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By the nature of the position, point guards hold the future of NBA franchises in their hands.
While responsibilities might be blurred in this increasingly versatile league, lead guards are still typically the ones who initiate offense, find shots for others and ultimately have the task of elevating the talent around them.
From Stephen Curry to Trae Young and LeBron James to Chris Paul, these players shape the identity of their entire organizations.
So, after running through our most recent 2020 NBA mock first round, we’ll examine what the experts are saying about the top floor generals in this class.
2020 NBA Mock Draft
1. Golden State Warriors: Anthony Edwards, SG, Georgia
2. Cleveland Cavaliers: James Wiseman, C, Memphis
3. Minnesota Timberwolves: LaMelo Ball, PG/SG, Illawarra Hawks
4. Atlanta Hawks: Obi Toppin, PF/C, Dayton
5. Detroit Pistons: Deni Avdija, SF/PF, Maccabi Tel Aviv
6. New York Knicks: Cole Anthony, PG, North Carolina
7. Chicago Bulls: Tyrese Haliburton, PG, Iowa State
8. Charlotte Hornets: Onyeka Okongwu, PF/C, USC
9. Washington Wizards: Isaac Okoro, SF/PF, Auburn
10. Phoenix Suns: Killian Hayes, PG, Ratiopharm Ulm
11. San Antonio Spurs: RJ Hampton, SG, New Zealand Breakers
12. Sacramento Kings: Precious Achiuwa, PF/C, Memphis
13. New Orleans Pelicans: Aleksej Pokusevski, PF/C, Olympiacos
14. Portland Trail Blazers: Jaden McDaniels, SF/PF, Washington
15. Orlando Magic: Tyrese Maxey, SG, Kentucky
16. Minnesota Timberwolves (via Brooklyn Nets): Aaron Nesmith, SF, Vanderbilt
17. Boston Celtics (via Memphis Grizzlies): Nico Mannion, PG, Arizona
18. Dallas Mavericks: Josh Green, SG/SF, Arizona
19. Milwaukee Bucks (via Indiana Pacers): Saddiq Bey, SF/PF, Villanova
20. Brooklyn Nets (via Philadelphia 76ers): Devin Vassell, SF, Florida State
21. Denver Nuggets (via Houston Rockets): Patrick Williams, PF, Florida State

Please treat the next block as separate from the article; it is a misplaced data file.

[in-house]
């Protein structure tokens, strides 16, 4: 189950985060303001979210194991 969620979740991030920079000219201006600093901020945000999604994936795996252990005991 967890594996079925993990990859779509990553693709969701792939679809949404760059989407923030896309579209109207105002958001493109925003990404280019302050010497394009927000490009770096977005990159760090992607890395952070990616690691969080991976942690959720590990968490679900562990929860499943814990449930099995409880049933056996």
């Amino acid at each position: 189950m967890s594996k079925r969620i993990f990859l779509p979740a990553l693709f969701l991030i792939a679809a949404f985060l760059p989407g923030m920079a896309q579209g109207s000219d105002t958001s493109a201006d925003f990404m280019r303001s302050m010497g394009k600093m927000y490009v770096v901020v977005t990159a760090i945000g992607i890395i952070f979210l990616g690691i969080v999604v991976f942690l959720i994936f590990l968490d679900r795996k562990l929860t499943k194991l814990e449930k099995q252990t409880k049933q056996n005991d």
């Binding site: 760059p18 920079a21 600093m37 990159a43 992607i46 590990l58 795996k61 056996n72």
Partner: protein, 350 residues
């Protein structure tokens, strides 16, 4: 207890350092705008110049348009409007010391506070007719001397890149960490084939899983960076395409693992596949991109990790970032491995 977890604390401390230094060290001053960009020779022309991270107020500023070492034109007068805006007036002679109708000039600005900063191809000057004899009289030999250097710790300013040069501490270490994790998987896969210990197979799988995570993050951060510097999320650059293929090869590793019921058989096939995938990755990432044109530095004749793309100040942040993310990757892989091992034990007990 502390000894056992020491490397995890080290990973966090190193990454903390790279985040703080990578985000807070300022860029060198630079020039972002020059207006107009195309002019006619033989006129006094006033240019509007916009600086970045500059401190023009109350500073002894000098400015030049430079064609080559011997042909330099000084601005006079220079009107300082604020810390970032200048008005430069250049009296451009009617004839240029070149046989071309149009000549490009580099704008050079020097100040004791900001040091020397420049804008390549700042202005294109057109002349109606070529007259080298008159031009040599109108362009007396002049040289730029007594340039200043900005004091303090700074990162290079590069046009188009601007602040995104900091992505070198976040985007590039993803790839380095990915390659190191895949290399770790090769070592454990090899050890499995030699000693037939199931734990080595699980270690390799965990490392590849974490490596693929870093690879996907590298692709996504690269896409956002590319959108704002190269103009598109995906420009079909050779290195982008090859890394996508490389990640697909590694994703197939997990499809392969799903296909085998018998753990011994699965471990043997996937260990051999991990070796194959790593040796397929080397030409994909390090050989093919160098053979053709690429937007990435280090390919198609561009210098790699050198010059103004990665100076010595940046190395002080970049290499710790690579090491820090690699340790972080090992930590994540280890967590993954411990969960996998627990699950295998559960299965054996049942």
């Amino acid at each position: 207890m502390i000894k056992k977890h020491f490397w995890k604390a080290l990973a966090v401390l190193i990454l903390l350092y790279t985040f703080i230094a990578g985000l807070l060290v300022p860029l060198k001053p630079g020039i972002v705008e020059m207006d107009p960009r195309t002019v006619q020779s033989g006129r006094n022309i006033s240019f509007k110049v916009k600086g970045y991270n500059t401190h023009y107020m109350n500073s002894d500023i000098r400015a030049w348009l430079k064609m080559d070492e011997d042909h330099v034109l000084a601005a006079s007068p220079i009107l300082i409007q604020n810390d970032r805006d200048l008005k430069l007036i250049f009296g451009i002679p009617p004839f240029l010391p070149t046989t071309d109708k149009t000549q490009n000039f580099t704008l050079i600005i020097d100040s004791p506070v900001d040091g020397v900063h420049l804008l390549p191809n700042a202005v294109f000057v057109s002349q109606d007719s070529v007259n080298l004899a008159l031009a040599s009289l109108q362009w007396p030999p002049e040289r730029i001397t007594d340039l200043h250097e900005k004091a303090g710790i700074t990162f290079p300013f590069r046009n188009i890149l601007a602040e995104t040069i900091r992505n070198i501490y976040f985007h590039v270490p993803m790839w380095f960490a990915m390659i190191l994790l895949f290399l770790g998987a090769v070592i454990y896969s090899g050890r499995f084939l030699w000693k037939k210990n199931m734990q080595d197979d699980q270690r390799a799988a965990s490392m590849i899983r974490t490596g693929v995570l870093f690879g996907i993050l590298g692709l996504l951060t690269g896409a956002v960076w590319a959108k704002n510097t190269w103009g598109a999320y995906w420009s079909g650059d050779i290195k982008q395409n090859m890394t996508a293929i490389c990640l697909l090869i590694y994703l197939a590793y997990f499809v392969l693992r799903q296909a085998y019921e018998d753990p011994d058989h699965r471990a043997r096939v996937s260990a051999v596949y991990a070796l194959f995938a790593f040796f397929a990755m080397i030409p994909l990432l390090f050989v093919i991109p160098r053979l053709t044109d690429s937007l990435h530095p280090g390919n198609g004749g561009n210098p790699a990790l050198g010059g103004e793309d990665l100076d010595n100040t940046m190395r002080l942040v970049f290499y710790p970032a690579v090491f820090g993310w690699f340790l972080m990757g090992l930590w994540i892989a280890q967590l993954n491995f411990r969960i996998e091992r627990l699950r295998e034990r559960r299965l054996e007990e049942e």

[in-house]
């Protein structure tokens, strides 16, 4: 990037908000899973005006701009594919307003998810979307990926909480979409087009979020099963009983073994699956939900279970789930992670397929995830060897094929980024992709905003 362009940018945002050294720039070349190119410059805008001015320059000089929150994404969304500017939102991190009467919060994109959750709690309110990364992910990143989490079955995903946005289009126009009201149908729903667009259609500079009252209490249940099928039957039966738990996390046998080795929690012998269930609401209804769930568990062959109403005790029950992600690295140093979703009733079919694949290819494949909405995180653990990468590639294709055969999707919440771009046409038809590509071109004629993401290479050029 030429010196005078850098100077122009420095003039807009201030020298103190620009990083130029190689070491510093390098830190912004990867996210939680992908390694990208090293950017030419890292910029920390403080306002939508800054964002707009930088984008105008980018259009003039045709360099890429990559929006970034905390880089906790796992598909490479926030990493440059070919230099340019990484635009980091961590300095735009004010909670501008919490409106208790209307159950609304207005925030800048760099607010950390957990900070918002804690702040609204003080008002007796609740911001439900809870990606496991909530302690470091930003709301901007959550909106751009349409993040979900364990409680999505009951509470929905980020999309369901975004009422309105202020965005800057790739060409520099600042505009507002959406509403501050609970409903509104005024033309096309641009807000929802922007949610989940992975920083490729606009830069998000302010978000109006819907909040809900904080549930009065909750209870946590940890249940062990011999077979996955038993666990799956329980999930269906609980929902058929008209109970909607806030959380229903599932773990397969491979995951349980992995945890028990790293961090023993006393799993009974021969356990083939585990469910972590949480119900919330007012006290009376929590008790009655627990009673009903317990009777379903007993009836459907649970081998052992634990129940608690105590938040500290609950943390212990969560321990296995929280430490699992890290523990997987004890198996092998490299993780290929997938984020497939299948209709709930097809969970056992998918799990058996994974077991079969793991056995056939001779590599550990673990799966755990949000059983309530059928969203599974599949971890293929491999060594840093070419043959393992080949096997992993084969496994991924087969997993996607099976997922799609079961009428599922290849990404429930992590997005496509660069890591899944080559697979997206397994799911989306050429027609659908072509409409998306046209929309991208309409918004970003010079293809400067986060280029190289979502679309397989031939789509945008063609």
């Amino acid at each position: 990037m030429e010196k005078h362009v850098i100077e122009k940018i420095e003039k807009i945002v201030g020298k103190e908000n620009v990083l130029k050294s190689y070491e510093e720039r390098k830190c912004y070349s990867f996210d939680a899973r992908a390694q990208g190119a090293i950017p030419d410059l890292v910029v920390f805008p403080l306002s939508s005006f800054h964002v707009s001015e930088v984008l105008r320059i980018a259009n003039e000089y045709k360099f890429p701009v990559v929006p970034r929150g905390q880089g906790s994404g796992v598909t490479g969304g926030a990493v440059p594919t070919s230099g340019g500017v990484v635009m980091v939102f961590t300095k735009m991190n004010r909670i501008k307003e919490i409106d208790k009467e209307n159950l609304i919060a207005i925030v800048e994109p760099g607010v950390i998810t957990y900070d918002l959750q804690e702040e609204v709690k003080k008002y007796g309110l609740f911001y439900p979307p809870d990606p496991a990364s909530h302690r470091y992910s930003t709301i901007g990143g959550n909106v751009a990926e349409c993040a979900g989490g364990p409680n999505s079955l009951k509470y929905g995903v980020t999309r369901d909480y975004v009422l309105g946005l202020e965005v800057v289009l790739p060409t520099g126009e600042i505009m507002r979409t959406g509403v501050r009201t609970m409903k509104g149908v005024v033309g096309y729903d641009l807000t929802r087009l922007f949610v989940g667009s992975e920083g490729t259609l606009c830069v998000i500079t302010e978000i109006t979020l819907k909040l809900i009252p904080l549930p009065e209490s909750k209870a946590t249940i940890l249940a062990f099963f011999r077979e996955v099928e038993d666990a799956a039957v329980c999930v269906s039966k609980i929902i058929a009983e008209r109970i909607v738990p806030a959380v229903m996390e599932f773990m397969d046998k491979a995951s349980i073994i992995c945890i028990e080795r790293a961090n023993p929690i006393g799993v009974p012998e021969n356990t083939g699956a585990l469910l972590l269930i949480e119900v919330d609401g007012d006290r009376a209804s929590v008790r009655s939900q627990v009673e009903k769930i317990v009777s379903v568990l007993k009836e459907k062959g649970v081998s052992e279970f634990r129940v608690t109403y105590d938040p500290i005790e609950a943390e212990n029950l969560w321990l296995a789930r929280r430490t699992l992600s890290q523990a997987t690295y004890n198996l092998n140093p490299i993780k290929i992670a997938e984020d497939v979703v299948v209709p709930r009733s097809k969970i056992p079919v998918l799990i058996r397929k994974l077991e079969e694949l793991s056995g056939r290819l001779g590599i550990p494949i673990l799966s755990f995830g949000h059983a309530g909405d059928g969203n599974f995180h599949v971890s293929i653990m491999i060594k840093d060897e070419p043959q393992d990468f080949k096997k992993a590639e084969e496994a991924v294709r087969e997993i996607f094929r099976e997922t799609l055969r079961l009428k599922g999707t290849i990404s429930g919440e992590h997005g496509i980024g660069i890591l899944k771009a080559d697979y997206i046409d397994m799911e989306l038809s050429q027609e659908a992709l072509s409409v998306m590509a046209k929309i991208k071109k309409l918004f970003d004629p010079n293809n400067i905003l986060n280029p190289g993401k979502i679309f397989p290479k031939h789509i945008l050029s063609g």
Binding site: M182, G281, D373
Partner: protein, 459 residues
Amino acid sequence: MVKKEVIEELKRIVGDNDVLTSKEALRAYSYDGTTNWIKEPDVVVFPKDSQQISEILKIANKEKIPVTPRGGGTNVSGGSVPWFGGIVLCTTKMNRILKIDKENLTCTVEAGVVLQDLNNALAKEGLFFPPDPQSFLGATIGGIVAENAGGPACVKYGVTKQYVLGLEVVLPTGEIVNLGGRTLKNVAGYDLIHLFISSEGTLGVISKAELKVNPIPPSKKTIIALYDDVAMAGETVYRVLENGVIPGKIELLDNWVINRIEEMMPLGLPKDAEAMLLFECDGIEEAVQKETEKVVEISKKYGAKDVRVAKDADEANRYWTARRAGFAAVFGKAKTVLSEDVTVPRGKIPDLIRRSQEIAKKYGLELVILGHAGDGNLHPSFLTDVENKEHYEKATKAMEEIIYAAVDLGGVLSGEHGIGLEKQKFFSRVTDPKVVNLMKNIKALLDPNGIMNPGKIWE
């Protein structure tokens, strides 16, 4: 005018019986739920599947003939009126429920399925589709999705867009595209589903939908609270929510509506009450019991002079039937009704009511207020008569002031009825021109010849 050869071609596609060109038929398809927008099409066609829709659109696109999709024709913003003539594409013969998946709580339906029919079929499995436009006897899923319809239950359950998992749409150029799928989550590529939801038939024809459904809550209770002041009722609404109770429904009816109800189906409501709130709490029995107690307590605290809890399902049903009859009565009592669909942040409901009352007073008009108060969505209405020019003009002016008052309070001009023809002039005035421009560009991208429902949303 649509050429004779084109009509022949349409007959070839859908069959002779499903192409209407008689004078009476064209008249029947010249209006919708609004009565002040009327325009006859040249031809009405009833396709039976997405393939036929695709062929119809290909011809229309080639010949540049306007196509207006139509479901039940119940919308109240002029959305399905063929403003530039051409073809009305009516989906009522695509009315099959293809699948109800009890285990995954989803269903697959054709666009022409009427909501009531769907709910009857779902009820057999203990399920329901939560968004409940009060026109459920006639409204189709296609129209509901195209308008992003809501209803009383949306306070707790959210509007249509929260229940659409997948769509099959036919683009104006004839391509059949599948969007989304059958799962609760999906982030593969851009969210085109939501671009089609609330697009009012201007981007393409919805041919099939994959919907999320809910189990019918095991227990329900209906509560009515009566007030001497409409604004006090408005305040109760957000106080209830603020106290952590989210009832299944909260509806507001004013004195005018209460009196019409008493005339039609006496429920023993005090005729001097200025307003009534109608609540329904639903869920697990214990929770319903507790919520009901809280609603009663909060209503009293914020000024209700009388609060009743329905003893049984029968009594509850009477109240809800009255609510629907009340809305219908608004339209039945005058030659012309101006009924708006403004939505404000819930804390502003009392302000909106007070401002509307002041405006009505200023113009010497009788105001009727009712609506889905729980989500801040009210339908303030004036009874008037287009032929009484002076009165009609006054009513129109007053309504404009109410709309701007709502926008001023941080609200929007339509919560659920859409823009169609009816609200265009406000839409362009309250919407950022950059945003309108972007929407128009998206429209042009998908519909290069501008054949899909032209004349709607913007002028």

22. Philadelphia 76ers (via Oklahoma City Thunder): Theo Maledon, PG, ASVEL
23. Miami Heat: Kira Lewis Jr., PG, Alabama
24. Utah Jazz: Leandro Bolmaro, SG/SF, Barcelona
25. Oklahoma City Thunder (via Denver Nuggets): Robert Woodard, SF, Mississippi State
26. Boston Celtics: Isaiah Stewart, C, Washington
27. New York Knicks (via Los Angeles Clippers): Tre Jones, PG, Duke
28. Toronto Raptors: Vernon Carey Jr., C, Duke
29. Los Angeles Lakers: Jalen Smith, PF/C, Maryland
30. Boston Celtics (via Milwaukee Bucks): Jahmi’us Ramsey, SG, Texas Tech
Expert Predictions for Top Point Guards
The most famous member of this draft class is also arguably its most intriguing. LaMelo Ball has question marks about defensive effort and shot selection but also glowing praise for his approach to playmaking.
That makes him tricky to evaluate, as ESPN’s Jonathan Givony and Mike Schmitz can attest. While their mock draft officially has the 18-year-old going fourth overall to the Timberwolves, they also identify him as the best fit for the Warriors with the top selection.
“The Warriors want to play fast, and there’s no better open-court igniter in this crop than LaMelo,” Schmitz wrote. “Ball pushing the break with two of the greatest shooters of all time filling the lanes would make for must-see TV.”
It would be a fascinating fit, as Ball is a brilliant passer who shines brightest in the open court. But it may be nothing more than a tantalizing thought, as Connor Letourneau of the San Francisco Chronicle reported the Warriors “aren’t believed to be high” on him.
Casual fans might not be too familiar with Tyrese Haliburton, who had his run with a bad Iowa State team cut short by a broken wrist. But talent evaluators are big on the 6’5″ table-setter.
In fact, SI.com’s Jeremy Woo slotted the 20-year-old fourth overall to the Hawks in his latest mock.
“Haliburton makes for an interesting fit here as someone who can help Trae Young grease the wheels offensively,” he wrote. “… His ability to play off the ball makes him an ostensibly better fit than LaMelo Ball.”
Haliburton’s Swiss Army knife skills should help him adapt to whatever role he’s given. He’s a willing passer (6.5 assists per game) but also a capable scorer (15.2), a steady shooter (41.9 percent from deep), a complementary rebounder (5.9) and a disruptive defender (2.5 steals).
Last summer’s second-rated recruit by ESPN, Cole Anthony didn’t exactly set the hoops world on fire during his one-and-done stint with the Tar Heels.
The 19-year-old’s scoring volume was fine (18.5 points), but it lacked efficiency (38 percent from the field). He also failed to impress as a playmaker (4.0 assists against 3.5 turnovers).
But B/R’s Jonathan Wasserman, who mocked Anthony to the Knicks at sixth overall, stressed the importance of looking beyond the stat sheet.
“It was clear he lacked talent around him and spacing,” he wrote. “… His passing skills looked better than the numbers suggest.”
Anthony’s pedigree and point-production could be enough to attract early interest on draft night.